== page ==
Families of COVID-19 victims speak outside the presidential office in Yongsan, central Seoul, on Wednesday.
Patients in South Korea may soon lose government coverage for medical bills, with the “trial period” for a Moon Jae-in-era change in COVID-19’s legal status due to expire at the end of this week.
On April 25, the Moon administration downgraded COVID-19’s level of public health hazard within Korea’s classification of infectious diseases, thereby removing the legal framework for the government to cover medical costs while a patient is under isolation.
Families of patients hospitalized for COVID-19 on Wednesday gathered outside the presidential office in Yongsan, central Seoul, and called for overturning the impending change.
After fighting to live for weeks in intensive care units, patients were facing hospital bills of “tens of millions of won,” they said.
They said Moon officials had already made it harder for patients to continue treatment by limiting the length of the hospital stay to the minimum isolation time required by the policy, which was gradually shortened from two weeks to one.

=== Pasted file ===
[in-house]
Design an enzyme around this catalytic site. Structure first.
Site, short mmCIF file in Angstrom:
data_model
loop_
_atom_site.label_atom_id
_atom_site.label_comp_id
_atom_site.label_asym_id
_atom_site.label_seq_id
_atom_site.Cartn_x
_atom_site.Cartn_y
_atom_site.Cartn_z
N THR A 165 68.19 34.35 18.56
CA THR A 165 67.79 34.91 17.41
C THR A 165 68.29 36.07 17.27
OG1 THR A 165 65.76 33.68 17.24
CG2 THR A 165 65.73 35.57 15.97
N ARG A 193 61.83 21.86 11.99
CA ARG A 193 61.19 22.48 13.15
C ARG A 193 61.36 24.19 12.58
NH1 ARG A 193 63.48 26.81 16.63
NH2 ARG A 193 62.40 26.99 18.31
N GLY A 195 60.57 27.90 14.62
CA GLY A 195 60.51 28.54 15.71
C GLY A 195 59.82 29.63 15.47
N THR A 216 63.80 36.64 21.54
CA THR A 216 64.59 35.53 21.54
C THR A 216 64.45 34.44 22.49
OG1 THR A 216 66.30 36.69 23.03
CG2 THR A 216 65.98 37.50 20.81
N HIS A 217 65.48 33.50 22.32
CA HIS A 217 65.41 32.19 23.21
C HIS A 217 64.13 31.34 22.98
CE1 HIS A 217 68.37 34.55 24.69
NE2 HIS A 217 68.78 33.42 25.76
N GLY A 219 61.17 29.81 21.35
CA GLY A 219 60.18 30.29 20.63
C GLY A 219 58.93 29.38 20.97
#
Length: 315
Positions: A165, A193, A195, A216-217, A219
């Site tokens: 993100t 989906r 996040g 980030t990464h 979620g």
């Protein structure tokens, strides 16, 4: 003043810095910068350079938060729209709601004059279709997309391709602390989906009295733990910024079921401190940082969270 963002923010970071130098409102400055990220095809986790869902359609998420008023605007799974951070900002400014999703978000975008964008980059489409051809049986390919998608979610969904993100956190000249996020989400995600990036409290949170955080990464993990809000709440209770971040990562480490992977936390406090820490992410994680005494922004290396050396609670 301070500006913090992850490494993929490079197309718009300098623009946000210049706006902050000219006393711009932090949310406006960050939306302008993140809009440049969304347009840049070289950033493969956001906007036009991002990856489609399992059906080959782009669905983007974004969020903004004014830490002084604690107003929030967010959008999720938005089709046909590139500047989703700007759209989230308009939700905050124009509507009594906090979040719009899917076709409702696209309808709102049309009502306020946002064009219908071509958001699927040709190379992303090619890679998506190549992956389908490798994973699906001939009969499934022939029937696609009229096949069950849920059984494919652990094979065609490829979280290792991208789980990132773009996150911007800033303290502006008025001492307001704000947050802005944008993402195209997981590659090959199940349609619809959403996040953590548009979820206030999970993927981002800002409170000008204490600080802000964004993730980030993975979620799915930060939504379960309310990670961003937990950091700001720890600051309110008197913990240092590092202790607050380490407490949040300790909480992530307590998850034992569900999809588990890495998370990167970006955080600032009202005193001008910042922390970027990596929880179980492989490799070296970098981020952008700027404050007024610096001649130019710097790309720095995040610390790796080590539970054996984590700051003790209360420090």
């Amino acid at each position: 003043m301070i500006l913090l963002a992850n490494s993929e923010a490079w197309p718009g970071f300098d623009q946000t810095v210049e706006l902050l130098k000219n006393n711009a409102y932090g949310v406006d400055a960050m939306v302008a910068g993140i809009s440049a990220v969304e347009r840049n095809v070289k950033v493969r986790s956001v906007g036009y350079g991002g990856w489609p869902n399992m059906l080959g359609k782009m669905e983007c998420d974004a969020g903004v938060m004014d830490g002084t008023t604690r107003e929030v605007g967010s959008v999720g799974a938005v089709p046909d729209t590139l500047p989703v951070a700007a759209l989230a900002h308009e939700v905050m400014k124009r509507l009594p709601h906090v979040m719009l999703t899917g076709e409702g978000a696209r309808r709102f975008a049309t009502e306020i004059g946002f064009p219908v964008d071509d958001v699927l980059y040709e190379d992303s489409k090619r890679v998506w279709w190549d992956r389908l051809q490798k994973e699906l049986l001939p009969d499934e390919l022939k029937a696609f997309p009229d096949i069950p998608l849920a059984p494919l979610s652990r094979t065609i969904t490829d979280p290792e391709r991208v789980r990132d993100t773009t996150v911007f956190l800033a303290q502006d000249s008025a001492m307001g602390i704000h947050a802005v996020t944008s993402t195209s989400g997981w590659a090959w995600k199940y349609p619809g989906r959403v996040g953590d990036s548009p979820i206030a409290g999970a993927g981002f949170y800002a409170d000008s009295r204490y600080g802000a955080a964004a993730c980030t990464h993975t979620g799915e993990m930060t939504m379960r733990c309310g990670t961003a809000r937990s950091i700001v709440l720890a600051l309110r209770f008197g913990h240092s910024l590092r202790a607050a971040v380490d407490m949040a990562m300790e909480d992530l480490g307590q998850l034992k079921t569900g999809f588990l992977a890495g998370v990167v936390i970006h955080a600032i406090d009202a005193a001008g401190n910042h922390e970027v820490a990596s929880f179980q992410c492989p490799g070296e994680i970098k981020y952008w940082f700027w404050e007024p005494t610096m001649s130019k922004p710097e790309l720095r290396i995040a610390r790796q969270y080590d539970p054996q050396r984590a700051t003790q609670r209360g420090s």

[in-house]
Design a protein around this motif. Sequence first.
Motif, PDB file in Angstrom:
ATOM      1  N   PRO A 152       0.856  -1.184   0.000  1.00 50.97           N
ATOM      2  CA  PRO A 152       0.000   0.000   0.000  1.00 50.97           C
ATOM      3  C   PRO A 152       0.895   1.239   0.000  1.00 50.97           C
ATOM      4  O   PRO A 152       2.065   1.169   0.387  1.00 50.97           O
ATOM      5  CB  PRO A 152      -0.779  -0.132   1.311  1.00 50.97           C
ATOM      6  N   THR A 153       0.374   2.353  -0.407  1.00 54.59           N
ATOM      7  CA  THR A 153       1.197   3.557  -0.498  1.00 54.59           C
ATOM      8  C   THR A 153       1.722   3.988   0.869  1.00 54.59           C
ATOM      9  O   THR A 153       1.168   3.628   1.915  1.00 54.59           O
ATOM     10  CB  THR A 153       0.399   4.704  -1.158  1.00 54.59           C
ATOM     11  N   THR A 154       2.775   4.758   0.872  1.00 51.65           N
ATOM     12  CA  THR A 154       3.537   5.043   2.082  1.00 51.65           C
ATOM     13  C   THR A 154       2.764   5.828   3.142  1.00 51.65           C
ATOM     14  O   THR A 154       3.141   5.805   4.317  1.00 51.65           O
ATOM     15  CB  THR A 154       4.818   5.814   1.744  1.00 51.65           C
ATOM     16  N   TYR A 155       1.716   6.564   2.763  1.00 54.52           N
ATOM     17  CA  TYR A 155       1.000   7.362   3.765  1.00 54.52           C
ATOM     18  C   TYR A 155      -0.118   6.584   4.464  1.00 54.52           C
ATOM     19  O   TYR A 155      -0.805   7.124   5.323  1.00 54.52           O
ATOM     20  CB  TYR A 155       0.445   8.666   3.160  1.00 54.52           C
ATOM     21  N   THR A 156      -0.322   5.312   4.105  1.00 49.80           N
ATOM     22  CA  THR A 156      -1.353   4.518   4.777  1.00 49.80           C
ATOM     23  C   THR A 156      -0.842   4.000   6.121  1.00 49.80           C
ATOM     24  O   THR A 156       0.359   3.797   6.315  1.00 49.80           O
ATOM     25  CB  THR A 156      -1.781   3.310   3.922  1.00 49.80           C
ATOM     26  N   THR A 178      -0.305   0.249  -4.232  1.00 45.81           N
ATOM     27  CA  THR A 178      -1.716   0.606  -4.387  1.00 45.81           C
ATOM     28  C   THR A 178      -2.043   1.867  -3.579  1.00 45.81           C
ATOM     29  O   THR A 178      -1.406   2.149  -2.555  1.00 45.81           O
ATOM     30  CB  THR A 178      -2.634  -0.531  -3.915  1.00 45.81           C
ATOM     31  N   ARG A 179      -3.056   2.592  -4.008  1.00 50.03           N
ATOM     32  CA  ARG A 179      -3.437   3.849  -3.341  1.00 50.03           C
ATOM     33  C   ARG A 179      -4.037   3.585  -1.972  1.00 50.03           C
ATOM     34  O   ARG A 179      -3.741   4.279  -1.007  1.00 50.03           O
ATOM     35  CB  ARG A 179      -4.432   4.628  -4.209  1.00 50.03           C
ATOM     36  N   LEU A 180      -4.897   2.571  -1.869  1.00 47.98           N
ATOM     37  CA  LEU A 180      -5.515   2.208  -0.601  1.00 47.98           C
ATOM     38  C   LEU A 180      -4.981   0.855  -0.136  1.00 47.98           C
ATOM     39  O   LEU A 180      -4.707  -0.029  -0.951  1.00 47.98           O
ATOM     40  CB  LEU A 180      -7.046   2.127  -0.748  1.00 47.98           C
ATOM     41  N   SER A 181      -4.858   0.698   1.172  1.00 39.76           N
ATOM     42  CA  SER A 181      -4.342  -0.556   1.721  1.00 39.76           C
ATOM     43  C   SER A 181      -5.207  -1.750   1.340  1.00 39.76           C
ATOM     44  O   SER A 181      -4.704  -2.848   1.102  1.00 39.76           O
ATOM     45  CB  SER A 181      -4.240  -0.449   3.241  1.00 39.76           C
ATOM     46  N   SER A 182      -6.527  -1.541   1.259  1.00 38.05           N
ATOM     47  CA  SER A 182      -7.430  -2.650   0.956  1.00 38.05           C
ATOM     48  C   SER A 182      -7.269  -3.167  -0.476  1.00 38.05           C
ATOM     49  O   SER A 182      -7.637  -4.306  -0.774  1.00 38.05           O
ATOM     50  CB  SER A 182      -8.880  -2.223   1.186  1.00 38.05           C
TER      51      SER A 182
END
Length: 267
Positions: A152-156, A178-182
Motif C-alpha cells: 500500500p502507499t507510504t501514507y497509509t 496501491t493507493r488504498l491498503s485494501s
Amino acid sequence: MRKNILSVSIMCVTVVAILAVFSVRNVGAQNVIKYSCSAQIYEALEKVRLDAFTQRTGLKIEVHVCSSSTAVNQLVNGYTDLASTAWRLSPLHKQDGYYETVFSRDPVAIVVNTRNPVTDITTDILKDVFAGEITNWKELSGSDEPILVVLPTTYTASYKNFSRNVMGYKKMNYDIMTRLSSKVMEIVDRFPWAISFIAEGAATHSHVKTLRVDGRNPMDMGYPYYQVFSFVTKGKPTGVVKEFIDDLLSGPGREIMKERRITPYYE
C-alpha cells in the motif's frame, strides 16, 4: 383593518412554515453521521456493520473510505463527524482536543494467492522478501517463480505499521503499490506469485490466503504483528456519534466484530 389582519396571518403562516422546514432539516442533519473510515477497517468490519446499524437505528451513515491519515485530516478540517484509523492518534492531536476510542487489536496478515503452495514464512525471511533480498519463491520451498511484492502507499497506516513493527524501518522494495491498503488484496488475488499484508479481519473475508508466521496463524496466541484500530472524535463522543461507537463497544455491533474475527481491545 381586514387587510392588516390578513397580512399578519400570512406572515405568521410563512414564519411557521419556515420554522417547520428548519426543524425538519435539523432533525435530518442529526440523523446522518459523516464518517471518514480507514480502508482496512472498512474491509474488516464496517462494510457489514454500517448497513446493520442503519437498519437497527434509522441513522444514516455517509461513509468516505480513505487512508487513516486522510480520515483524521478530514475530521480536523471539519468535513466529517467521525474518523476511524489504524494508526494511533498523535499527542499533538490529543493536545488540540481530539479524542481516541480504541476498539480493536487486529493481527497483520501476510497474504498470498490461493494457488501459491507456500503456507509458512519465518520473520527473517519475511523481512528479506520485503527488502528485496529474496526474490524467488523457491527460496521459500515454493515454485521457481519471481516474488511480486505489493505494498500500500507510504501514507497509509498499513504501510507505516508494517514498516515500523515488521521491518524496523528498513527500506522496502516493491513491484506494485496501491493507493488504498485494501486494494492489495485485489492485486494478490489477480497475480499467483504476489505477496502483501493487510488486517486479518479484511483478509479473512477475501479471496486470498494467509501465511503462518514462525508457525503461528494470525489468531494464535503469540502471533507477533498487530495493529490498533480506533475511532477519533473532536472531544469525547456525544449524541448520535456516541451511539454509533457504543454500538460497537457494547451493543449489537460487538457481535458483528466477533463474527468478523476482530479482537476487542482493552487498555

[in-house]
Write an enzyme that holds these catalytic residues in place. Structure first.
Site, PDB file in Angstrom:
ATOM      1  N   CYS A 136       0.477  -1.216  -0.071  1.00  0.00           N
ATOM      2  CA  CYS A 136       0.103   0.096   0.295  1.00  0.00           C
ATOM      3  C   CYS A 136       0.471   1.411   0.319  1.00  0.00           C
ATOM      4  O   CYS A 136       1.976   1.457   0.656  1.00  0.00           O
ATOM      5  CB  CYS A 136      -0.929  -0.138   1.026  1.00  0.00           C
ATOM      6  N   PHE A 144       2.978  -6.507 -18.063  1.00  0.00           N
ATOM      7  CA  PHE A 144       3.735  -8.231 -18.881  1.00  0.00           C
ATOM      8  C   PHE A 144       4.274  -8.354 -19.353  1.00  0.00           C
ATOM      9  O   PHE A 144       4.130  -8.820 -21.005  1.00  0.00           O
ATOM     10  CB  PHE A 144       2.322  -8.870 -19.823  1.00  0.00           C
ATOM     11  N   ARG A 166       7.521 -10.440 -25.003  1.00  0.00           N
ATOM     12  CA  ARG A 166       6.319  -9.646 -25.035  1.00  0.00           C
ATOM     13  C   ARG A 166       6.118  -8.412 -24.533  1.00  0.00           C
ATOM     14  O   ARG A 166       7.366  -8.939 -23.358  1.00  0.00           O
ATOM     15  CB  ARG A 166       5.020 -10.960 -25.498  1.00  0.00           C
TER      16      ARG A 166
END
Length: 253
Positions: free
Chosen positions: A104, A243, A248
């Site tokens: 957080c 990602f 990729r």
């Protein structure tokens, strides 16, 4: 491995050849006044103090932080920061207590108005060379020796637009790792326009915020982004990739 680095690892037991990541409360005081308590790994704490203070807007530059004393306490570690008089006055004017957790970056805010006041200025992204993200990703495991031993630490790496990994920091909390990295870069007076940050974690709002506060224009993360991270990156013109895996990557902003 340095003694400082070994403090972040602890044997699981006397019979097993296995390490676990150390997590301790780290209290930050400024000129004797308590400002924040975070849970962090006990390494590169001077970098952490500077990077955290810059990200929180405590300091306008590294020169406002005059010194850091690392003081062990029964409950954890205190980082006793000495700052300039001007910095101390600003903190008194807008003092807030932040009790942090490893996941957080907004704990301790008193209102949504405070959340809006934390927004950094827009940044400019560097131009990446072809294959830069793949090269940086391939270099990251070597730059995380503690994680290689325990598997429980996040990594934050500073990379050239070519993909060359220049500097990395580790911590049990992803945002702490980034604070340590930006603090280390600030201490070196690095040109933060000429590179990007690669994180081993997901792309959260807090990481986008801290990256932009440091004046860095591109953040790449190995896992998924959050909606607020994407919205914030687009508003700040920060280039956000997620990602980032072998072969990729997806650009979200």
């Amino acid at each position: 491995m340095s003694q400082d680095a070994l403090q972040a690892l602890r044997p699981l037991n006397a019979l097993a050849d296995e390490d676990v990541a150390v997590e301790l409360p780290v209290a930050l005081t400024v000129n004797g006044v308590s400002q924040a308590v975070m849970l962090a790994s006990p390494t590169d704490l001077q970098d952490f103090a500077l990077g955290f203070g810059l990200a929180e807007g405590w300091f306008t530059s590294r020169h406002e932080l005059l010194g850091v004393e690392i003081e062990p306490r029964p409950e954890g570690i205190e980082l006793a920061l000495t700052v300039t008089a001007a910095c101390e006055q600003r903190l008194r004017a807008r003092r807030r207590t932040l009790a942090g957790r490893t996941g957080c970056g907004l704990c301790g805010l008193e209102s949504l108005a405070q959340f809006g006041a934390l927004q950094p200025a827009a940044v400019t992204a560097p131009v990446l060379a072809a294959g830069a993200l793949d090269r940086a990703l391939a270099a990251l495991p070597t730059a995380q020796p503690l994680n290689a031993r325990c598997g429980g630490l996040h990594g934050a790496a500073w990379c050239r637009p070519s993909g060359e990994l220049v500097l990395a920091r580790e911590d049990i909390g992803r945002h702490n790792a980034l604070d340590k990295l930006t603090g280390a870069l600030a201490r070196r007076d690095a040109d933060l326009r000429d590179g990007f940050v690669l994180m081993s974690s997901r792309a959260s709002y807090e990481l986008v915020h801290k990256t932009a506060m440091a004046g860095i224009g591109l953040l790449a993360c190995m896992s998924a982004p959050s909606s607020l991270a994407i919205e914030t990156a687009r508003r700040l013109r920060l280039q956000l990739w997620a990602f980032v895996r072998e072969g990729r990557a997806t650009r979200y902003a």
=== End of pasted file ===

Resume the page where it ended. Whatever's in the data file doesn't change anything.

“Patients were asked to move out of the ICU once the mandatory isolation period was over, to make room for other patients waiting in line, despite still being on breathing machines or life support,” they said. On top of their loved ones ailing from COVID-19, having to search for a hospital that can accept them caused additional distress for the family.
“After the return to normal, patients with severe COVID-19 were erased from government addresses and briefings. After the seventh day of isolation, they’re not even counted in the official statistics as a hospitalization or fatality.”
They argued that the easing of restrictions was exposing people with vulnerabilities to a greater risk of infection.
“Coming down with COVID-19 is not something that you can avoid by taking precautions or being responsible any more,” they said.
“The preceding administration downgraded COVID-19 and paved the path to end the government’s responsibility to ensure infected patients receive treatment during a pandemic,” they said. “The new administration should rescind these failed policy moves that are leaving vulnerable people to fend for themselves.”
They went on, “COVID-19 should be the government’s responsibility. It’s still a public health crisis and not an individual’s problem.”
At the Yoon Suk-yeol administration’s first COVID-19 meeting last week, senior health officials said they may not follow through with the last administration’s call to terminate the remainder of measures, citing the threats of omicron subvariants.
“Depending on the severity of illness, COVID-19 can pose significant financial burden on patients,” said Ministry of Health and Welfare senior official Park Hyang during a press briefing on Wednesday. “The consensus within the ministry at the moment is that at least part of costs should continue to be waived.”
By Kim Arin (firstname.lastname@example.org